Manga Review: “Tsubasa: Reservoir Chronicle” Volume 15

Tsubasa: Reservoir Chronicle Volume 15 is a manga by CLAMP, and it was published in North America by Del Rey Manga in 2007. The series is rated “T’ for teens 13 and up; from what I’ve read of the series so far, I would agree with this rating.

A young man named Syaoran is in love with Princess Sakura from the country of Clow. After Sakura loses her memories through an unexplained event, Syaoran goes on a journey to different worlds to try to find and regain Sakura’s lost memories. Unfortunately, as part of his journey, he mad to make a deal with the space-time witch Yuko in order to receive her help; Syaoran had to agree that Sakura would never regain her memories of the time she had spent with him. Syaoran is accompanied by Fai, Kurogane, and Mokona on his quest.

At the end of Volume 14, Syaoran and the others are transported to a world that looks ruined and desolate, and they have a run-in with a group of people. The leader of the group is Kamui, and he fights against both Syaoran and Kurogane. The fight is interrupted by a group of people from another tower.

It’s revealed that the world looks as it does due to acid rain falling for 15 years. None of the water above ground is safe for drinking anymore, and the only usable water left is underneath the two towers that the two groups we met protect.

Meanwhile, Sakura has been asleep since the time the group arrived in this land, and we discover during the volume that something’s wrong. In addition, Syaoran has been having dreams of another him, and has had this other Syaoran take him over for the second time during the series; however, both times it appears Syaoran is unaware that this is going on.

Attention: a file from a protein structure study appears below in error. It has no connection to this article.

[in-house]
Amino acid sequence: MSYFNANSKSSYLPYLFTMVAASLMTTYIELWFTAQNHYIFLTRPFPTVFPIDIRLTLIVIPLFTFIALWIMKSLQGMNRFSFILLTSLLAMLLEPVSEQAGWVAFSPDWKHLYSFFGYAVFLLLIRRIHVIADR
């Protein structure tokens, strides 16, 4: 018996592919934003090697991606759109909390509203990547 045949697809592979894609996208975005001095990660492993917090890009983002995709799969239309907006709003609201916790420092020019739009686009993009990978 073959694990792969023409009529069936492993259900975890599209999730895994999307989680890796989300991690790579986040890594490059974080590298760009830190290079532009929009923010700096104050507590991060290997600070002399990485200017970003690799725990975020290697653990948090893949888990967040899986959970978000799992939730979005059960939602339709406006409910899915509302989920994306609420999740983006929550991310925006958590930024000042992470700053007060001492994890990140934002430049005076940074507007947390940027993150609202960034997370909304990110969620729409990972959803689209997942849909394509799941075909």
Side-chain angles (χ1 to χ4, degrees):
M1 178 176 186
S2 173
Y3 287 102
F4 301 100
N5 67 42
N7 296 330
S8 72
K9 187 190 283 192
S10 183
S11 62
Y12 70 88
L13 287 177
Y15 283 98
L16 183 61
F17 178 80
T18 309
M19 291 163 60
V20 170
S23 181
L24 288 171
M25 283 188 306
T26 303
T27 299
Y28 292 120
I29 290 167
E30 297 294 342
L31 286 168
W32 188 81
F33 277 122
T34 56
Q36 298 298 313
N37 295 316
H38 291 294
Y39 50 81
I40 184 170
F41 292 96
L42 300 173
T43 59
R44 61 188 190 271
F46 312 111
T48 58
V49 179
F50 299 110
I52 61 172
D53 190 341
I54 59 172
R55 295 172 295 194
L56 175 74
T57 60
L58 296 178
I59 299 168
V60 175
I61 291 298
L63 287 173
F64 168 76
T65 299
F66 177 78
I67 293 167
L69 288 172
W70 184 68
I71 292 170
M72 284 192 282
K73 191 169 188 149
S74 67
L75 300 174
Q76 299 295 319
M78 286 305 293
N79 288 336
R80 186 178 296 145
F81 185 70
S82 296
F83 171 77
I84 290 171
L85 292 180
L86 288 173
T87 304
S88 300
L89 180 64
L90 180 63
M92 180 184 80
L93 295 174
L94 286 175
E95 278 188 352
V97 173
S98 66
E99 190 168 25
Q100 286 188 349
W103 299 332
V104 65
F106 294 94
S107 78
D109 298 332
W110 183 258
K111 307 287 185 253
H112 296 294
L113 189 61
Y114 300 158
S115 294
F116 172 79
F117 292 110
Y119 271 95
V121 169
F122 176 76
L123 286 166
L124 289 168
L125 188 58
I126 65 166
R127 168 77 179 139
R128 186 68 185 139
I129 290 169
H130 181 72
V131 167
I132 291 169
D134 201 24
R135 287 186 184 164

Kurogane also has a conversation with Fai, which causes Fai to face some things and make him think about where exactly he stands.

At this point in the series, you can tell that the story is starting to move into both a darker territory as well as starting to go up to “the next level.” Mokona senses something about the underground water, and I have a suspicion what it is. If I’m right, it could cause the people of this particular land to become rather upset with Syaoran and the others. They’re already not entirely trusted by Kamui’s group, so even one small slip could jeopardize their relations.

There’s references to CLAMP’s series, X, included in this volume of Tsubasa: Reservoir Chronicle. Kamui is one, and the two groups that appear in this volume are also from X. One group is the Dragons of Heaven, while the other group is the Dragons of Earth. However, it should be noted that the teams that Kamui and Fuma lead are reversed.

Overall, I have to say that so far, this particular story arc isn’t grabbing me like the previous arc in Recort did. However, I will admit that the elements concerning Syaoran and Sakura, and even the confusion that Fai is going through, are helping to keep me interested in the story. I’m hoping to get a bit more in the way of payoff when I get around to reading Volume 16 of the series.

If you’ve read the previous volumes of Tsubasa: Reservoir Chronicle and have enjoyed them, then I think you will enjoy reading Volume 15.

I wrote this review after reading a copy of Tsubasa: Reservoir Chronicle Volume 15 that I checked out through the King County Library System.

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One thought on “Manga Review: “Tsubasa: Reservoir Chronicle” Volume 15

  1. I always have the same problem with CLAMP manga: they go on for a very long time, descending into difficult-to-follow Japanese/pop philosophy. Because there’s so much time between the series, I forget what I’ve already read and eventually lose interest. I did like Tsubasa, and their art is always stunning, but unfortunately, I don’t think I ever finished it.

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